If you were applying for spousal benefits as a current spouse, your spouse would have to be drawing retirement benefits for you to be eligible. But as an ex-spouse your former spouse only has to be sixty-two. He or she doesn’t have to be drawing retirement benefits. In fact, your ex-spouse can still be working. You can begin taking reduced spousal benefits at sixty-two as long as you were married to your ex-spouse for ten years or more. If your ex-spouse isn’t taking benefits, you have to have been divorced for at least two years for you to draw spousal benefits on your ex-spouse’s work record. If your retirement benefits exceed 50 percent of the full retirement benefits of your ex-spouse, you would not be eligible for spousal benefits as an ex-spouse. You would receive your retirement benefits instead.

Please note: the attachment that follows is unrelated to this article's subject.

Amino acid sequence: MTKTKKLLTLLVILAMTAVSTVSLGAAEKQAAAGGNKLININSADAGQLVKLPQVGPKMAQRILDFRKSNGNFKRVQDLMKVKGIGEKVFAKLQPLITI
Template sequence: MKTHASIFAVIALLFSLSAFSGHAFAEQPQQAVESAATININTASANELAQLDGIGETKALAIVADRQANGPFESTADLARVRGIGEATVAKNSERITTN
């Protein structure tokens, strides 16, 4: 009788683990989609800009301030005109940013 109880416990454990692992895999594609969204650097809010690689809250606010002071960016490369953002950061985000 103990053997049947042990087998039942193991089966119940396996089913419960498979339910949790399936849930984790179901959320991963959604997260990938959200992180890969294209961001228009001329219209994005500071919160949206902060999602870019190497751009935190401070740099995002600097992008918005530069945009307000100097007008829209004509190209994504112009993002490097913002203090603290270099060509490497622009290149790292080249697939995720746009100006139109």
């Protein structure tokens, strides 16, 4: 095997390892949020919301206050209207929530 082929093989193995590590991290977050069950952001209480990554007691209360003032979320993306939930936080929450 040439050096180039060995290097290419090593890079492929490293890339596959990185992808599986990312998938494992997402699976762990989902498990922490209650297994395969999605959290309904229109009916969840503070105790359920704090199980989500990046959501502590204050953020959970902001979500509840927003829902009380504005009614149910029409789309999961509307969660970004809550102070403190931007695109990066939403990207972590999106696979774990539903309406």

Don’t forget that earnings limits apply when you take reduced spousal benefits before you reach full retirement age. You could only earn $16,920 in 2017 before the Social Security Administration would begin to withhold benefits if you exceeded the limit. We’ll discuss the earnings limit in more detail later.

Taking your benefits early may not be the right decision, depending on your employment situation. If you are earning good money and don’t mind working, it makes better sense to stay in the workforce and grow your retirement benefits by waiting until full retirement age to begin receiving your monthly checks, or by waiting until age seventy to maximize your retirement benefits through the accumulation of delayed retirement credits.